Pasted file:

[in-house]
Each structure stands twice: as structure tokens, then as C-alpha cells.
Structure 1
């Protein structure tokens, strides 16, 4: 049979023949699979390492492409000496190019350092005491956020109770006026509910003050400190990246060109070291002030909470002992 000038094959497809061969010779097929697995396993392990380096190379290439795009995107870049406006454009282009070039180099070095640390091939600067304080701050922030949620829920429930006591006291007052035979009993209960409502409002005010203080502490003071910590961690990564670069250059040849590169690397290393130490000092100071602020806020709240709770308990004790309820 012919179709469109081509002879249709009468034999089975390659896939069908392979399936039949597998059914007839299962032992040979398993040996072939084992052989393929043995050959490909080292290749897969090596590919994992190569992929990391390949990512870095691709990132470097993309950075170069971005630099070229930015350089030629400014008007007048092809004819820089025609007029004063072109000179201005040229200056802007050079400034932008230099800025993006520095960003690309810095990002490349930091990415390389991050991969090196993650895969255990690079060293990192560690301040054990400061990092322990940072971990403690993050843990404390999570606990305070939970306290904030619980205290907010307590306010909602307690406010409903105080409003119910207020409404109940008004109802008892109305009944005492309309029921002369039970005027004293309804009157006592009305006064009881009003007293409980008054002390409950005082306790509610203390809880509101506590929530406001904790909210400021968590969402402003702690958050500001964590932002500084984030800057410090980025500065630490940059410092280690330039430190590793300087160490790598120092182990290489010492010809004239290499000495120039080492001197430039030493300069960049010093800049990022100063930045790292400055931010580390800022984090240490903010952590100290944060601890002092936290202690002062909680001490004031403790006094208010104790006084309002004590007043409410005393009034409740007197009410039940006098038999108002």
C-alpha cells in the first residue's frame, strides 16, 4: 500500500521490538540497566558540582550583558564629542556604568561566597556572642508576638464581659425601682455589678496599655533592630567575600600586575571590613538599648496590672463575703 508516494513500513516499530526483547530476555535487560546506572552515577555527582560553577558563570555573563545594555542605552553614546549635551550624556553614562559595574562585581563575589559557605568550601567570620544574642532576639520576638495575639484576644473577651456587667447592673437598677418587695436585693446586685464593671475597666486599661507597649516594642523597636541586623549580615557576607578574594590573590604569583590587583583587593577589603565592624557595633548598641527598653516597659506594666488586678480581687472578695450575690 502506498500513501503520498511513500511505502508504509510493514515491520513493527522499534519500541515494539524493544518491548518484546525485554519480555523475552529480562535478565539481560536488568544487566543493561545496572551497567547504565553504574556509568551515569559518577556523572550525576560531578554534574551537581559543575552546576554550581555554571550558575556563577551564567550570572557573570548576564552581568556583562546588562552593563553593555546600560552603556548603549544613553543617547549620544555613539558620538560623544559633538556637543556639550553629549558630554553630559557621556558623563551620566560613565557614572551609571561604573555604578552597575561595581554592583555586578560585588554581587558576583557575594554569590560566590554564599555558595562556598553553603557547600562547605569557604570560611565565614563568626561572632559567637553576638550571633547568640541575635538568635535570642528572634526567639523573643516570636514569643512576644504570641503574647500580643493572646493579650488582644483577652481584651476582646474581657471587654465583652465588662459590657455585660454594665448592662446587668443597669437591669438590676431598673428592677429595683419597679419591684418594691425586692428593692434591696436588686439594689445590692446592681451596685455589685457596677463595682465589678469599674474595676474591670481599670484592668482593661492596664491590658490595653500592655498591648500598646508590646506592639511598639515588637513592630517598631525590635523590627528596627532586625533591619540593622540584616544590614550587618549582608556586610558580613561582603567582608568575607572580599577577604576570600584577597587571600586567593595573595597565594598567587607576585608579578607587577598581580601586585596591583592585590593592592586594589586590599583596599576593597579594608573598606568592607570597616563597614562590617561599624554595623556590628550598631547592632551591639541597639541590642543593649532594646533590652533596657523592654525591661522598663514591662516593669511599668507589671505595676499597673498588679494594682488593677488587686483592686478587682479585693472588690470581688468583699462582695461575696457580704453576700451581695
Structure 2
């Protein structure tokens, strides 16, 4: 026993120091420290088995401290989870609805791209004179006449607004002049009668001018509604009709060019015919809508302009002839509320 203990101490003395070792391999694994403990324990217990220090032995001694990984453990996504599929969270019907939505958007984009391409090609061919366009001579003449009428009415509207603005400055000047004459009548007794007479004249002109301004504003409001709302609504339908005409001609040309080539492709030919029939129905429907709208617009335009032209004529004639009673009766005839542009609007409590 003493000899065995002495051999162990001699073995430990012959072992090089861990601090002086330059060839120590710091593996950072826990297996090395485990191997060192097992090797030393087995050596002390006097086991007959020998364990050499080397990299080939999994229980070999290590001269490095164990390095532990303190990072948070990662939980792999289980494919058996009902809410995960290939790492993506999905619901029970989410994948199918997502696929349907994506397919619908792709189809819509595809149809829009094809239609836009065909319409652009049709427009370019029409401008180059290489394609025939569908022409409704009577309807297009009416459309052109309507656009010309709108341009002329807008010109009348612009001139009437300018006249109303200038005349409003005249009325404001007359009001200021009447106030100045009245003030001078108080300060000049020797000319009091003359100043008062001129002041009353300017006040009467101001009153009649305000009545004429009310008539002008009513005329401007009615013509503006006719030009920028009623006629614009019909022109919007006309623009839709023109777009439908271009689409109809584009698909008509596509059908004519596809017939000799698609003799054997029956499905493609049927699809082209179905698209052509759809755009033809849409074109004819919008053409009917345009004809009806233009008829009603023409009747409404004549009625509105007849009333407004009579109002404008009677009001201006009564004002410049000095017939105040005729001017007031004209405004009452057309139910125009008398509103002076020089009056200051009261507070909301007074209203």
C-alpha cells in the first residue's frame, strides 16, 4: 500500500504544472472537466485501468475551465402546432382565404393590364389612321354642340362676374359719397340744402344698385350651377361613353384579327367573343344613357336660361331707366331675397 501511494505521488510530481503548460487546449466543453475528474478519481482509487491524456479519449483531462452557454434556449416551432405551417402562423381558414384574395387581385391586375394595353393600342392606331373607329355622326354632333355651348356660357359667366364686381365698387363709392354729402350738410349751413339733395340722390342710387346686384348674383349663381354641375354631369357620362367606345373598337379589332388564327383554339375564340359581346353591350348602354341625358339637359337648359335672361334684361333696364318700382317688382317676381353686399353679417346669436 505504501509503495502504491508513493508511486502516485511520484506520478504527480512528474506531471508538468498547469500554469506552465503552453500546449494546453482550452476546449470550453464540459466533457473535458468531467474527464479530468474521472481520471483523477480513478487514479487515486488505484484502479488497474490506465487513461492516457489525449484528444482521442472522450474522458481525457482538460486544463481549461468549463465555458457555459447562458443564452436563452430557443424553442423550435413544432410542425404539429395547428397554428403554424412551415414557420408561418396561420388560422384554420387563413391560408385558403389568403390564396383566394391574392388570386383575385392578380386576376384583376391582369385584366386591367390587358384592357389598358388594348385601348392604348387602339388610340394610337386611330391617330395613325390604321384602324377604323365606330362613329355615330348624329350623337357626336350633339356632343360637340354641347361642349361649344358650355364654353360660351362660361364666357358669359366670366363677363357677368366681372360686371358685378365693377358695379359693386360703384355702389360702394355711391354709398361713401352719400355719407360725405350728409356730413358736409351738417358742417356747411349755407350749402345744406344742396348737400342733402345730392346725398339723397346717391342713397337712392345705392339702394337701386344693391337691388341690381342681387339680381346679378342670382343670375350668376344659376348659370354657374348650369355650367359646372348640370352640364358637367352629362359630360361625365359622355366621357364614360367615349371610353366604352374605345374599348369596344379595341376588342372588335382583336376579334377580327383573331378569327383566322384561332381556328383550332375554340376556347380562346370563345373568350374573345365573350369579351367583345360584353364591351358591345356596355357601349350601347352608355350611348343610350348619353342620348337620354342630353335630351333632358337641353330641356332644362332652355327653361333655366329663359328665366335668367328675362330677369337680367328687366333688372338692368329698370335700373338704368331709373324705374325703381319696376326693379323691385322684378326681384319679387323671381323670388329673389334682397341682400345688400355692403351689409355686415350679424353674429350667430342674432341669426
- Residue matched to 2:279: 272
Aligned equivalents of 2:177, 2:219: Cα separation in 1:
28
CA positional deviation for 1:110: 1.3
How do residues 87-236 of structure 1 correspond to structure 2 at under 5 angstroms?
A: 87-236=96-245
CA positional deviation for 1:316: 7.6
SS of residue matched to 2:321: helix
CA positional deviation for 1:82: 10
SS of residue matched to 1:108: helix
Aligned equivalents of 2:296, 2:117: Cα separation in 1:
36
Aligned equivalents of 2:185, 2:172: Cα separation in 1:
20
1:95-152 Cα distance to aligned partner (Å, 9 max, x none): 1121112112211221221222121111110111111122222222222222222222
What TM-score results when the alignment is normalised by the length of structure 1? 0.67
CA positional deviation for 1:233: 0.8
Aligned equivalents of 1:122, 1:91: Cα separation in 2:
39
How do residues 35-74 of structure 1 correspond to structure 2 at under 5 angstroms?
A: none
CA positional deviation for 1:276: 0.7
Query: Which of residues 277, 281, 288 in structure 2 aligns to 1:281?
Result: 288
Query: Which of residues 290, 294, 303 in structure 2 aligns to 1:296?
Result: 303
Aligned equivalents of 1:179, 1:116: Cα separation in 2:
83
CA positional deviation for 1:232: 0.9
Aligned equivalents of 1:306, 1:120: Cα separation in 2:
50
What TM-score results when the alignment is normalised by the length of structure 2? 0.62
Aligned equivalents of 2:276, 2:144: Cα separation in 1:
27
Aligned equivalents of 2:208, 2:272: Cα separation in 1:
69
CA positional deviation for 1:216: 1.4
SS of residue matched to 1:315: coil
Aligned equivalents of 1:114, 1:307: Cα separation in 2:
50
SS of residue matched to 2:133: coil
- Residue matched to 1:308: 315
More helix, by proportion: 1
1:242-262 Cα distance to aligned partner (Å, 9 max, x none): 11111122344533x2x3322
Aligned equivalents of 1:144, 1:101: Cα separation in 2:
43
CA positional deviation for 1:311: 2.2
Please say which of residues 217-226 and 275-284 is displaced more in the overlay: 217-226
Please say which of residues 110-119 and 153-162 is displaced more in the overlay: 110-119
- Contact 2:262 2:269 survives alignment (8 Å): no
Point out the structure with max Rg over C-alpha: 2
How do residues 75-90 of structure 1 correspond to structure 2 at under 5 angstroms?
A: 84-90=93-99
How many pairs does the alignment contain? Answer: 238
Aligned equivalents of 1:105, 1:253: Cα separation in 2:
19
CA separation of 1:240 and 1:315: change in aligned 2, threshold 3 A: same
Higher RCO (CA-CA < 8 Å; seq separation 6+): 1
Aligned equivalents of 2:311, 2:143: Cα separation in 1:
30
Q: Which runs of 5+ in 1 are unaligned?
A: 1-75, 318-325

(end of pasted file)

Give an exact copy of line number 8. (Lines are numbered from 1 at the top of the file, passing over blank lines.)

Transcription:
C-alpha cells in the first residue's frame, strides 16, 4: 500500500504544472472537466485501468475551465402546432382565404393590364389612321354642340362676374359719397340744402344698385350651377361613353384579327367573343344613357336660361331707366331675397 501511494505521488510530481503548460487546449466543453475528474478519481482509487491524456479519449483531462452557454434556449416551432405551417402562423381558414384574395387581385391586375394595353393600342392606331373607329355622326354632333355651348356660357359667366364686381365698387363709392354729402350738410349751413339733395340722390342710387346686384348674383349663381354641375354631369357620362367606345373598337379589332388564327383554339375564340359581346353591350348602354341625358339637359337648359335672361334684361333696364318700382317688382317676381353686399353679417346669436 505504501509503495502504491508513493508511486502516485511520484506520478504527480512528474506531471508538468498547469500554469506552465503552453500546449494546453482550452476546449470550453464540459466533457473535458468531467474527464479530468474521472481520471483523477480513478487514479487515486488505484484502479488497474490506465487513461492516457489525449484528444482521442472522450474522458481525457482538460486544463481549461468549463465555458457555459447562458443564452436563452430557443424553442423550435413544432410542425404539429395547428397554428403554424412551415414557420408561418396561420388560422384554420387563413391560408385558403389568403390564396383566394391574392388570386383575385392578380386576376384583376391582369385584366386591367390587358384592357389598358388594348385601348392604348387602339388610340394610337386611330391617330395613325390604321384602324377604323365606330362613329355615330348624329350623337357626336350633339356632343360637340354641347361642349361649344358650355364654353360660351362660361364666357358669359366670366363677363357677368366681372360686371358685378365693377358695379359693386360703384355702389360702394355711391354709398361713401352719400355719407360725405350728409356730413358736409351738417358742417356747411349755407350749402345744406344742396348737400342733402345730392346725398339723397346717391342713397337712392345705392339702394337701386344693391337691388341690381342681387339680381346679378342670382343670375350668376344659376348659370354657374348650369355650367359646372348640370352640364358637367352629362359630360361625365359622355366621357364614360367615349371610353366604352374605345374599348369596344379595341376588342372588335382583336376579334377580327383573331378569327383566322384561332381556328383550332375554340376556347380562346370563345373568350374573345365573350369579351367583345360584353364591351358591345356596355357601349350601347352608355350611348343610350348619353342620348337620354342630353335630351333632358337641353330641356332644362332652355327653361333655366329663359328665366335668367328675362330677369337680367328687366333688372338692368329698370335700373338704368331709373324705374325703381319696376326693379323691385322684378326681384319679387323671381323670388329673389334682397341682400345688400355692403351689409355686415350679424353674429350667430342674432341669426